This square, known in the time of the Pisan Republic as the Square of the Seven Roads, is thought to be the site of the Forum of Roman Pisa. It was the centre of politics of the Pisan Republic when it was transformed by Cosimo I de Medici into the seat of the new military order of «The Knights of Saint Stephan with the aim of eradicating any trace of the city's past independence. Its present appearance is therefore the fruit of radical renovations of the surrounding palaces, for the most part designed by the Florentine architect Giorgio Vasari in 1562. In the square's centre can be seen a fountain beneath the statue of Cosimo I in the robes of Grand Master of the Order of Knights, both the work of Pietro Francavilla in 1596. Behind the statue rises the Palazzo della Carovana dei Cavalieri. This, the old republic's Hall of City Elders was entirely transformed by Giorgio Vasari with its present facade which recall, both in style and subject, various buildings along Via dei Mille and Via Ulisse Dini. The building now houses the Scuola Normale Superiore, the elite University founded by Napoleon Bonaparte who modelled it after the Ecole Normale Superieure in Paris. Within its walls have studied many of Italy's most famous personages, such as the poet, Giosuè Carducci and the physicist Enrico Fermi. Opposite and to the left of the Scuola Normale stands the Palazzo dell'Orologio which was transformed into its present structure for the infirmary of the Knights by uniting by bridge the two crumbling towers of the Count della Gherardeschi. In Canto XXXIII of his Inferno, Dante Aleghieri recounts the story of the fate of the suspected traitor, Count Ugolini. Tradition holds that it was in one of these towers that, in 1288, he was left to die of starvation, along with the other males of his family whose corpses he fed upon.
Beyond Via Corsica, after the Oratorio di San Rocco, you will find the former Collegio Puteaneo, founded in 1605 by the Archbishop, Antonio Dal Pozzo to lodge the students of the city of Biella attending the University. Its facade is adorned by the original frescoes of Stefano Marucelli, as is the Palazzo dell'Orologio. On the southern side of the square stand the monumental Palazzo del Consiglio dei Dodici (Palace of the Council of Twelve), the ancient site of the city magistrature which was completely refurbished in 1596 according to a project by Pietro Francovilla. Later the building became the Court of the Knights of Saint Stephan. In its interior can be seen a hall with walls frescoed in architectural motifs and ceiling engraved and painted by Ventura Salimbeni of Siena. To the right of the Scuola Normale, the Church of Santo Stefano dei Cavalieri (10) completes the tour of the square. Its construction, begun in 1565 following the plan of Giorgio Vasari, was completed in 1593 with the addition of the facade designed in rich architectural motifs by Don Giovanni de Medici. Its hall-like interior is closed overhead by a richly engraved and gilded wooden ceiling including paintings of the greatests artists of the de Medici era. Particularly interesting are the banner-trophies and various parts of ships seized from the Turks by the Knights during their policing operations in the Tirreno Sea in order to guarantee safe passage there. Beside the sacristy is a collection of costumes and memorabilia commemorating the activities of the Knights.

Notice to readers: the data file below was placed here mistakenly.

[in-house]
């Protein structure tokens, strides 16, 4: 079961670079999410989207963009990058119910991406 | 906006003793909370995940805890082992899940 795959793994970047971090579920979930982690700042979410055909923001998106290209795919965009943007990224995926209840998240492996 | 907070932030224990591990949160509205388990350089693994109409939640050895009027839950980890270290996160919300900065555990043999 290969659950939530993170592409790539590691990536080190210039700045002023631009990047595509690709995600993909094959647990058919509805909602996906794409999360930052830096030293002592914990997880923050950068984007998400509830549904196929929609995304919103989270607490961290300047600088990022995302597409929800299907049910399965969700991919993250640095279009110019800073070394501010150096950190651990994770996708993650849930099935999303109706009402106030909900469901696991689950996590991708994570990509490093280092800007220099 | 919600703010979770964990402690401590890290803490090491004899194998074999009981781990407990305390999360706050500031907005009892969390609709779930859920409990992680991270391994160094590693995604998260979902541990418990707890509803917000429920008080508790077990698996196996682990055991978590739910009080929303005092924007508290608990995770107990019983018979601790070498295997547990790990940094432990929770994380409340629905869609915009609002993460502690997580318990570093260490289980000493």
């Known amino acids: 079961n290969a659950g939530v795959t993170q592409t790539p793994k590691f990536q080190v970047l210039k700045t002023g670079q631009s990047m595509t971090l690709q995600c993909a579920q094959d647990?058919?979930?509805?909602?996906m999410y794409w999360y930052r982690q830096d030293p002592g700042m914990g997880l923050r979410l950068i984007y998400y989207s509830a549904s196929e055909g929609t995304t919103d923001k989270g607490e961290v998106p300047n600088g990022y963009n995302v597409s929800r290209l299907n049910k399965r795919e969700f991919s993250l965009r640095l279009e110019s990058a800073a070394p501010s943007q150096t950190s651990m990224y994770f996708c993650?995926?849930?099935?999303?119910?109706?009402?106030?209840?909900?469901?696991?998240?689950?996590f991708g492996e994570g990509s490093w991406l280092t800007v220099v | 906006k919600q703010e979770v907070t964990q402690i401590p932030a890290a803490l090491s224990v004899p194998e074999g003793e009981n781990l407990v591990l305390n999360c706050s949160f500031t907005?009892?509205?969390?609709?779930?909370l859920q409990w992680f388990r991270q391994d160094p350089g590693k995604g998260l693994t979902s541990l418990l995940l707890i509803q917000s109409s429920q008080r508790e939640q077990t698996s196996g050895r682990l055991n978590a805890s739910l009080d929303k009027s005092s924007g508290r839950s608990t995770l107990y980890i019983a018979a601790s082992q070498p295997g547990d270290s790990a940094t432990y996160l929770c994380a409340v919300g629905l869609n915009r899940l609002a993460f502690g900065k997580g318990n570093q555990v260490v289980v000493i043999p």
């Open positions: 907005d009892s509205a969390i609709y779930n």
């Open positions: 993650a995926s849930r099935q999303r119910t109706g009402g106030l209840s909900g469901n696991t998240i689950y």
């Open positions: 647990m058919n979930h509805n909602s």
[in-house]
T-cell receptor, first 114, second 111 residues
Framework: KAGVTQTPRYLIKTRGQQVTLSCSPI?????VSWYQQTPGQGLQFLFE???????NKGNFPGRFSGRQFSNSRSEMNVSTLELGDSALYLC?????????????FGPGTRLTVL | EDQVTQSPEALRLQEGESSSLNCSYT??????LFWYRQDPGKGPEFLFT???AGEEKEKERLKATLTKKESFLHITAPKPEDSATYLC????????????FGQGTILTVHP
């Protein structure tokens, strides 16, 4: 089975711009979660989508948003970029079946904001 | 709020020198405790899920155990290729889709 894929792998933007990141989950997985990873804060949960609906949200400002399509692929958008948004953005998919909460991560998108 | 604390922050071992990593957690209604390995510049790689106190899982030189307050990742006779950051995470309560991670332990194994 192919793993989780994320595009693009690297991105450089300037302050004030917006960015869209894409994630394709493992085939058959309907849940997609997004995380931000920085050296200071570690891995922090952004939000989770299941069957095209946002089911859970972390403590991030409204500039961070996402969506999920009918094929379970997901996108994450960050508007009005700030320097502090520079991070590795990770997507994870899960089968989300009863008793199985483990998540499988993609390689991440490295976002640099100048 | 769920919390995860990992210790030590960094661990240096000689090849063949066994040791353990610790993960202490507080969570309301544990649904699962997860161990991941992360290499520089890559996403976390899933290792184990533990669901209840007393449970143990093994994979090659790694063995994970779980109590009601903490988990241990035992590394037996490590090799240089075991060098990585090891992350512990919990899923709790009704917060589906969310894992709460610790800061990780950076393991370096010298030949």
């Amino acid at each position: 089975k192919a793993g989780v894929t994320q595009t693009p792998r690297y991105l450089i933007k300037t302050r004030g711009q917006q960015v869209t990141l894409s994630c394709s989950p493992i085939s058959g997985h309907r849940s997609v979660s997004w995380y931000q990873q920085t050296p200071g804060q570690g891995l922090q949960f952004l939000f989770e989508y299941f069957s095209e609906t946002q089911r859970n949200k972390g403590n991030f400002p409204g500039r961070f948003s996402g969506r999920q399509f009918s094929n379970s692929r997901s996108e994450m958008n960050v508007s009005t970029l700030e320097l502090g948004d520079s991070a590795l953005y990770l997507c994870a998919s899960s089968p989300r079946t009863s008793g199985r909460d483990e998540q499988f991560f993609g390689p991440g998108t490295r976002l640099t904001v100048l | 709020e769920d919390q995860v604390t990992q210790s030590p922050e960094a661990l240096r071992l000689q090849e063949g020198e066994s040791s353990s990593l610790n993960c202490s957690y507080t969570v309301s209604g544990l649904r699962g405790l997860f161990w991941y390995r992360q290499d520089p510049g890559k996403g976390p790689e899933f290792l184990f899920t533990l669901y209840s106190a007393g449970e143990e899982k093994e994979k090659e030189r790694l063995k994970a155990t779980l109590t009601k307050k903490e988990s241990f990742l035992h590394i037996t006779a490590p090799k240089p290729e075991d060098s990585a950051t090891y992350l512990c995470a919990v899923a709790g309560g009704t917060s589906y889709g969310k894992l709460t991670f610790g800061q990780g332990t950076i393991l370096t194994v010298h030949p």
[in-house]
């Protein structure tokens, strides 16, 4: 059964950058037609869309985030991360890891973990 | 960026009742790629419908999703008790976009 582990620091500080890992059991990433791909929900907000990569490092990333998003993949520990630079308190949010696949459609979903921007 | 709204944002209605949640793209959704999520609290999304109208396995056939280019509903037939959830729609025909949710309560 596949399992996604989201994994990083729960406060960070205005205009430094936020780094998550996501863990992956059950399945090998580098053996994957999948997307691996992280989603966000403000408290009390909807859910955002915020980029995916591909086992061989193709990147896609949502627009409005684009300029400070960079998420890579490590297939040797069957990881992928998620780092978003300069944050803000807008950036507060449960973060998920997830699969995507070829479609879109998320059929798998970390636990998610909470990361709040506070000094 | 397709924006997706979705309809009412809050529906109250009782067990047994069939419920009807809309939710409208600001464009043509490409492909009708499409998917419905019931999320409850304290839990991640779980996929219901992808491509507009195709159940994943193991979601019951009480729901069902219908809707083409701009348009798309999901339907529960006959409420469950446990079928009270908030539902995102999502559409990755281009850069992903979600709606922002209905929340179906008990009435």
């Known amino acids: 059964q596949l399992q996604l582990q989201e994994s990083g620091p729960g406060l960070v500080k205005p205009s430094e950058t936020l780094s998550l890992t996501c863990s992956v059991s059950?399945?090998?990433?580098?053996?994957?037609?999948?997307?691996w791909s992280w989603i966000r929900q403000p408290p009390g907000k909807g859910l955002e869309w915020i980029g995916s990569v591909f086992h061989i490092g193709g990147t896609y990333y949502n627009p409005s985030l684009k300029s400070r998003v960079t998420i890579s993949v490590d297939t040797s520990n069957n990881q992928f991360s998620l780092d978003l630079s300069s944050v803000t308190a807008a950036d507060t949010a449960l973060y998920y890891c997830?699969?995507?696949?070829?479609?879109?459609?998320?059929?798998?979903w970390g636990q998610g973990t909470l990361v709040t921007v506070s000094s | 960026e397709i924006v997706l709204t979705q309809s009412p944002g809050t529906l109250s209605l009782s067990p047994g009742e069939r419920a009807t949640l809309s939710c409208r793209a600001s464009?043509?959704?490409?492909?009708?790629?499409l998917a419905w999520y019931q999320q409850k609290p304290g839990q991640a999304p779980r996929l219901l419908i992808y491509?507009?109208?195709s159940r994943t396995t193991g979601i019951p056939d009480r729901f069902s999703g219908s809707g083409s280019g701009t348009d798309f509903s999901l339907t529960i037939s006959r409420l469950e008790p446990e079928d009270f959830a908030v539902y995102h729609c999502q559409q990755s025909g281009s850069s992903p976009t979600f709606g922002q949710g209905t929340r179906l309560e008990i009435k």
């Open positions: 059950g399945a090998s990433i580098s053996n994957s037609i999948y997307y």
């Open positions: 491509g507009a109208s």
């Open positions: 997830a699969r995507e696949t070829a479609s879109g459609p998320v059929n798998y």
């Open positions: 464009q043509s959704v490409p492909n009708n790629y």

The small Church of Santa Maria della Spina is a remarkable example of Pisan Gothic. It was built in 1230 on the banks of the river Arno next to an important bridge, called Ponte Novo, that used to join the streets Santa Maria and Sant’Antonio. The bridge was destroyed during the 15th century and was never rebuilt. Being the church close to the bridge, it was given the name of Santa Maria de Pontenovo, changed in 1333 to Santa Maria della Spina, when it preserved the reliquary of a thorn of the Saviour’s crown (spina = thorn). Today the reliquary is in the church of Santa Chiara.
Originally the building was a small oratory constituted by a loggia. In 1322, due to the interest of the Commune of Pisa, the works to enlarge it began; they were finished about fifty years later, under the supervision of the Pisan architect and sculptor Lupo di Francesco.
The vicinity to the river has always determined a constant threat to the stability of the church. In fact, as attested by numerous documents, from the 15th century the church underwent many restorations aimed at repairing the damages from the subsiding of the ground and at consolidating the architectural structures. However, the most radical intervention was carried out in 1871, when the whole building was completely dismantled and rebuilt on a level about one meter higher. On this occasion, many statues were removed and replaced by copies, while the sacristy was lost. The result was that the church was altered in its proportions and shape.
The Guelph Tower of the old Citadel
The tall Guelph tower rises in one of the most scenic areas of Pisa, the Cittadella Vecchia (Old Citadel). Its unique profile has attracted for centuries people visiting the town or simply walking along the Arno.
This part of Pisa, characterised by ancient remains usually ignored, is actually the witness of centuries of history. In fact, at the beginning of the 13th century, after the many and important victories of its fleet over all the Mediterranean Sea, the Republic of Pisa reunited in this place all its busy shipyard activities. The choice fell on the western-most part of the city, near the monastery of San Vito (an important religious institution now completely lost apart from the church of San Vito remodelled many times over the centuries), where harbour structures already existed from the previous century.